After Speaking With Putin, Macron Is Confident That “The Worst Is Yet To Come”

On Thursday, Russian President Vladimir Putin contacted French President Emmanuel Macron, in what appeared to be a far more hostile conversation than prior exchanges between the two leaders.

The 90-minute call failed to produce a diplomatic breakthrough, leaving Macron worried that “the worst is yet to come” and that Putin intends to take control of all of Ukraine, according to a senior French official.

According to Russian and Ukrainian authorities, the chat, which the French presidency stated was initiated by Putin, took place as Ukrainian officials were prepared to meet with a Russian group. According to French officials, there was no sign Thursday that a diplomatic solution was in sight based on the two leaders’ exchange.

Putin assured Macron, according to the Kremlin’s press service, that the goals of “the extraordinary military operation” — the Kremlin’s euphemism for Russia’s invasion of Ukraine — “will be achieved in any event.”

“Attempts to gain time by dragging negotiations will only lead to additional requirements for Kyiv in our negotiating position,” Putin told Macron, in accordance with the readout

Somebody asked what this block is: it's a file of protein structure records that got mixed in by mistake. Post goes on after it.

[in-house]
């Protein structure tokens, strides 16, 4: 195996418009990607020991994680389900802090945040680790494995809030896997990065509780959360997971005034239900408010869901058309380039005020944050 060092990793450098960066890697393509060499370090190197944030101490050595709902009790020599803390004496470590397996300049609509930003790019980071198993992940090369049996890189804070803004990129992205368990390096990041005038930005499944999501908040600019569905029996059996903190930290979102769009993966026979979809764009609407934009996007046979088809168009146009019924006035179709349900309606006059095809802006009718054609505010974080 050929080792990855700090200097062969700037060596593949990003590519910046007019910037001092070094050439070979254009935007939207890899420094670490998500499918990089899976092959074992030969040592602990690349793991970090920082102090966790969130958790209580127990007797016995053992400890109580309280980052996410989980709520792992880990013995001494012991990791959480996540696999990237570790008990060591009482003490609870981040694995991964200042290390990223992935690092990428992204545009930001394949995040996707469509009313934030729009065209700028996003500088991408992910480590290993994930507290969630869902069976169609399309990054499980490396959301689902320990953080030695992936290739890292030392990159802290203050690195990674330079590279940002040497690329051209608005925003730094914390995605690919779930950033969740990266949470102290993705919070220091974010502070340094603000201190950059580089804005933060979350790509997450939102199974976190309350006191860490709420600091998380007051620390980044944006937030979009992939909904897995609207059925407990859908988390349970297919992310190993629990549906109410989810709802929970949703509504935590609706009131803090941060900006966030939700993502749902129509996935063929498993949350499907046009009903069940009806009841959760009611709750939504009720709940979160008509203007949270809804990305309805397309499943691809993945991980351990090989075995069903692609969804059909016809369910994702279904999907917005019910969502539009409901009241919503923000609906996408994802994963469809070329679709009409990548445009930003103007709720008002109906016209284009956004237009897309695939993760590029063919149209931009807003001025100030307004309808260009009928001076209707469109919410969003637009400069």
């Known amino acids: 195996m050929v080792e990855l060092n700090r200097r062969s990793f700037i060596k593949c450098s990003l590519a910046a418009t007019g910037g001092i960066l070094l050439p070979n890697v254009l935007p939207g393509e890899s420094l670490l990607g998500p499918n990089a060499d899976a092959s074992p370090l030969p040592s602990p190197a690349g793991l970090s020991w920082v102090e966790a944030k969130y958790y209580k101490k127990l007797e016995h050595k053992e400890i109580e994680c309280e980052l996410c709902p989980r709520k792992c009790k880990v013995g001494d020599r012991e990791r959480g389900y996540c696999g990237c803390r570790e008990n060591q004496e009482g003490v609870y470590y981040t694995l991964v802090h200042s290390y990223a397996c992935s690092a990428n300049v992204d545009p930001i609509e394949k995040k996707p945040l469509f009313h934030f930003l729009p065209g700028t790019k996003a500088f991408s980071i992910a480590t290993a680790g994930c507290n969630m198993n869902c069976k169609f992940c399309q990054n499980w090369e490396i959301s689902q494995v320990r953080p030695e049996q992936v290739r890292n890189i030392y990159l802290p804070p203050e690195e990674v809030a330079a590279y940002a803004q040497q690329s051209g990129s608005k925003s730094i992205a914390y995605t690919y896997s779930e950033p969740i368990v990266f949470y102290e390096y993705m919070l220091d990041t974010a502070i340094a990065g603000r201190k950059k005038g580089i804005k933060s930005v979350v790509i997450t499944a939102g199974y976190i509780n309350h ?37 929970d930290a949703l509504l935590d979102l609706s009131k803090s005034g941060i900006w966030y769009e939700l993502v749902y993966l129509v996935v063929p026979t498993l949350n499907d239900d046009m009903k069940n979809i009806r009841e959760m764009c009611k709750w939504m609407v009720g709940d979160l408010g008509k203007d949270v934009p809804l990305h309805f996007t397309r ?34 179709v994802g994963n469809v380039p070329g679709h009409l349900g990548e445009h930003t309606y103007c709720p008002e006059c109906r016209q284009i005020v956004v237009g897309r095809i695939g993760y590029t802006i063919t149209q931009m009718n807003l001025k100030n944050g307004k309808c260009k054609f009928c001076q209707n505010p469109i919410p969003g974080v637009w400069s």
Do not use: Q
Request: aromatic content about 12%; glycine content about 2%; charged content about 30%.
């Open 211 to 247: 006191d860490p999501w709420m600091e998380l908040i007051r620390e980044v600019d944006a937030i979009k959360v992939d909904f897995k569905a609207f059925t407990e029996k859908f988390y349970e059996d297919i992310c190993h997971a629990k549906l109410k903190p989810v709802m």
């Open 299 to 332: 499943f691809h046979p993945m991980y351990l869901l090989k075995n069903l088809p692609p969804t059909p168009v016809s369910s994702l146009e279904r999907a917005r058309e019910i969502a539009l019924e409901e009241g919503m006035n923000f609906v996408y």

Putin’s words, according to a senior French official who spoke on the condition of anonymity because it is standard practise in the French administration, represented a “desire to continue the military operation and to see it through to the finish.”

Putin also took issue with Macron’s address to the public on Wednesday, in which he condemned Putin’s “brutal attack” on Ukraine and stated “Putin chose the war,” according to the Kremlin’s press service.

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Macron also called Putin’s assertions that he intends to “denazify” Ukraine “a falsehood” and an “insult to the history of Russia and Ukraine, to the memory of our elders who fought side by side against Nazism” in his speech.

Putin disagreed “with several aspects” stated in Macron’s speech, according to the Kremlin news service, and he disputed that Russia was responsible for the bombardment of major Ukrainian cities, despite overwhelming evidence to the contrary.

Macron is the only Western leader who has maintained regular public communication with Putin since Ukraine’s invasion, in what the French presidency has described as an effort to keep the door to real dialogue open. Putin and Macron also spoke on Monday and Thursday of last week.

Macron had led Western efforts to avert an escalation of the issue through diplomatic channels prior to the invasion, flying to Moscow last month to maintain Putin’s engagement. According to the French president, the two leaders have spoken over a dozen times since mid-December. Macron has also kept in touch with Ukrainian President Volodymyr Zelensky on a regular basis, most recently on Thursday after his call with Putin.

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